SLC Begins Large Restoration Project on the South Fork Smith River

Working with a private landowner and Oregon’s Lomakatsi Restoration Project, Siskiyou Land Conservancy embarks on one of the most significant projects in the organization’s history.

“Before-After” photos of SLC’s restoration work on a 148-acre property along the South Fork Smith River. (Click photos to enlarge.) Photos by Greg King.

Siskiyou Land Conservancy has contracted with Ashland, Oregon-based Lomakatsi Restoration Project to begin a major restoration project on a 148-acre property along the Wild and Scenic South Fork Smith River. Siskiyou Land Conservancy holds a conservation easement on this private parcel, which supports a rare diversity of species and several habitat types.

The Wild and Scenic South Fork Smith River runs below the property protected by Siskiyou Land Conservancy.

In June, Lomakatsi brought a crew of 12 workers to the site to begin the heavy task of clearing and piling brush and small trees on 12 acres of the property. The project is intended to improve forest health and reduce the danger of catastrophic fire in areas that were clear-cut 40 years ago by an industrial timber owner.

Lomakatsi's Aaron Nauth briefs the work crew during an orientation session in the dense confier forest that grew in following clear-cutting 40 years ago.

Siskiyou Land Conservancy’s South Fork restoration effort will occur in several phases, eventually treating up to 100 acres of the 148-acre property. The rest of the property consists primarily of pristine meadows, white oak woodlands, springs and seasonal wetlands. The parcel also contains the easternmost redwoods on the Smith River, and the largest privately owned flat along the South Fork.

Mature second-growth redwoods and meadow on the South Fork Smith River property protected by Siskiyou Land Conservancy.

Lush meadows and seasonal wetlands run throughout the large flat areas of the property.

The property also supports rare stands of Port Orford cedar, which appear to be unaffected by the root disease (Phytophthora lateralis) that has devastated the species throughout much of its range.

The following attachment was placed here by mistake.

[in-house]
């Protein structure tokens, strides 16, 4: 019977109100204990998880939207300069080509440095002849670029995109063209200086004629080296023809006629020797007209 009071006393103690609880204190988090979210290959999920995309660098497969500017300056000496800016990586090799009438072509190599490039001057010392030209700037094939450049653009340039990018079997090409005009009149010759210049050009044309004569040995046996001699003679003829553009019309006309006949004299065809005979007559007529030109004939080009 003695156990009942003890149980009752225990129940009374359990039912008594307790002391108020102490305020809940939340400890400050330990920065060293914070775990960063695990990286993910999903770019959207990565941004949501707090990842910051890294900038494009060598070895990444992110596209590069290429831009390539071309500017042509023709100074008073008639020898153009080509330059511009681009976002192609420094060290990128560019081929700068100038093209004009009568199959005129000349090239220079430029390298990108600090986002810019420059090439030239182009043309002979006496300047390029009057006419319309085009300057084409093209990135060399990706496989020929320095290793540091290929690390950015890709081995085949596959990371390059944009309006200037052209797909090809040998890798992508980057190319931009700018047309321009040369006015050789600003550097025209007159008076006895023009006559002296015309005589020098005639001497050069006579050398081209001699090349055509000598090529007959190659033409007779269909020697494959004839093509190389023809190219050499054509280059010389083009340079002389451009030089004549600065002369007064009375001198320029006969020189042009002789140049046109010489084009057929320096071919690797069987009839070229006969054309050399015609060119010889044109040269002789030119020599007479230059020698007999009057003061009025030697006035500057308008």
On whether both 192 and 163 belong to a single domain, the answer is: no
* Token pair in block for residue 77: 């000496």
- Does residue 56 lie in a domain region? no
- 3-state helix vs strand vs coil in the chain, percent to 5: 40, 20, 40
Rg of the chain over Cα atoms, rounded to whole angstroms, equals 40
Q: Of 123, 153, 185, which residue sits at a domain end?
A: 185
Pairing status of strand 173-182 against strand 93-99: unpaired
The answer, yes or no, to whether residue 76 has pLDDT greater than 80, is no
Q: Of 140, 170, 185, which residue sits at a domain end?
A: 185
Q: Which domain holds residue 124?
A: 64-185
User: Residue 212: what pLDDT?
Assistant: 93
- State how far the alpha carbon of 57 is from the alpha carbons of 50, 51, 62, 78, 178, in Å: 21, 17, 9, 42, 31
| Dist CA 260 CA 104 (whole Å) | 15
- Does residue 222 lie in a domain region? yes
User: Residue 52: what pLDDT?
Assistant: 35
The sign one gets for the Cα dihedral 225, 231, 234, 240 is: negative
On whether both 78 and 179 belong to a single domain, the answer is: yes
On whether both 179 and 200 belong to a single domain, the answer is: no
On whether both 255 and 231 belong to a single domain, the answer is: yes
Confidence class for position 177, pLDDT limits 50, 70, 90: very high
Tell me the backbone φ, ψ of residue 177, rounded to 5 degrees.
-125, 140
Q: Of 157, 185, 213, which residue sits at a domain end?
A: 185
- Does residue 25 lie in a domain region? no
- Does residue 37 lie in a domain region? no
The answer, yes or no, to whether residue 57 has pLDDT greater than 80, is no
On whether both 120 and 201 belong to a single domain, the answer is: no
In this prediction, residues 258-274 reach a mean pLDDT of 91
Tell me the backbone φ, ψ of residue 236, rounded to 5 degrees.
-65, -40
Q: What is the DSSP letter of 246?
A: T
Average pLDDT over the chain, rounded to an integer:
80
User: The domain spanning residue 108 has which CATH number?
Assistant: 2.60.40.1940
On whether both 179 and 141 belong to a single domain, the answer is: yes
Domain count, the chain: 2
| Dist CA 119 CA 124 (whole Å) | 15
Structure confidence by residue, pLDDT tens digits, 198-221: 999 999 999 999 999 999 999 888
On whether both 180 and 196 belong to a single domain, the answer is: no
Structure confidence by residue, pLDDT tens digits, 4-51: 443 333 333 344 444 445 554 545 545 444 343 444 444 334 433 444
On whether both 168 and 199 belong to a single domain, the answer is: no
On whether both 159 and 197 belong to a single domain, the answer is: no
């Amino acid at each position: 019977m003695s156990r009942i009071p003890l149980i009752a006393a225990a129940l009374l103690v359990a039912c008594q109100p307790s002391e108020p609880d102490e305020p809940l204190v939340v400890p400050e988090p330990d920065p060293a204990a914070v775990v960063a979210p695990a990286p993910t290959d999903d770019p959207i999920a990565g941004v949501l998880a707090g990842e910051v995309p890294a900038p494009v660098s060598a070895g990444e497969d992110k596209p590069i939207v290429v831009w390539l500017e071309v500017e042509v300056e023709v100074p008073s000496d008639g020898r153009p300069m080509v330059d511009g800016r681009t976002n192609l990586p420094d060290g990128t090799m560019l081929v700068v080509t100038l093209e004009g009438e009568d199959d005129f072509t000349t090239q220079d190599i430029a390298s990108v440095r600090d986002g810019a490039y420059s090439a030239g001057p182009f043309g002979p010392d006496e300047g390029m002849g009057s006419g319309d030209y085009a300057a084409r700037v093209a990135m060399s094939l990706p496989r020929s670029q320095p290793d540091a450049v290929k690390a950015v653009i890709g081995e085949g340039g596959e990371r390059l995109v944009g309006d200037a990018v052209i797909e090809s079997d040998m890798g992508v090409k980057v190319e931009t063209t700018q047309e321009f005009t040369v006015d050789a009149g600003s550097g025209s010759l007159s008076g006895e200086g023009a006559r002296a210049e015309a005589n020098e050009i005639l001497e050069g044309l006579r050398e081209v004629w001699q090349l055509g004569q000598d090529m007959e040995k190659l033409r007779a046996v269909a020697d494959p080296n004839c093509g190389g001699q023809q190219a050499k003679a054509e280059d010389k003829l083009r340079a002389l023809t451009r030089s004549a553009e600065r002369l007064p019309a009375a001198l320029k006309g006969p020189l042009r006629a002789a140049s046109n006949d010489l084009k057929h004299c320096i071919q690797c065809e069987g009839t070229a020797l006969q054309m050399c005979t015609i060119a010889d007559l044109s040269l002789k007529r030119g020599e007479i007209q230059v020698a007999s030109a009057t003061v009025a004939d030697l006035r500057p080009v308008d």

A healthy Port-Orford cedar tree grows alongside a meadow on the 148-acre Smith River property protected by Siskiyou Land Conservancy.

SLC’s restoration project is supported by the Smith River National Recreation Area, which is currently working on a similar fuels/forest health project on federal land adjacent to the SLC property. Funding for the initial 12 acres of work was provided in part by a $19,800 (50 percent) matching grant from the U.S. Natural Resource Conservation Service. Lomakatsi has also contributed to the project, while private donations have made up a small portion of the remaining 50 percent.

Dave Casey, of the National Resource Conservation Service, inspects the restoration site prior to work on the project.

If you would like to help see this important restoration effort to conclusion you may send contributions to: Siskiyou Land Conservancy, P.O. Box 4209, Arcata, CA 95518. Donations are tax deductible and much appreciated.

"Before": Dense brush growing on the property prior to work beginning.

"After": The same area shown in the photo above, after restoration work.

Photo point #3: "Before"

Photo point #3: "After"

One Response

  1. [...] Land Conservancy has completed Phase I of a planned multi-part restoration project to improve forest health and reduce the danger of catastrophic fire on private land along the South [...]

Leave a Reply

Fill in your details below or click an icon to log in:

WordPress.com Logo

You are commenting using your WordPress.com account. Log Out / Change )

Twitter picture

You are commenting using your Twitter account. Log Out / Change )

Facebook photo

You are commenting using your Facebook account. Log Out / Change )

Google+ photo

You are commenting using your Google+ account. Log Out / Change )

Connecting to %s

Follow

Get every new post delivered to your Inbox.

%d bloggers like this: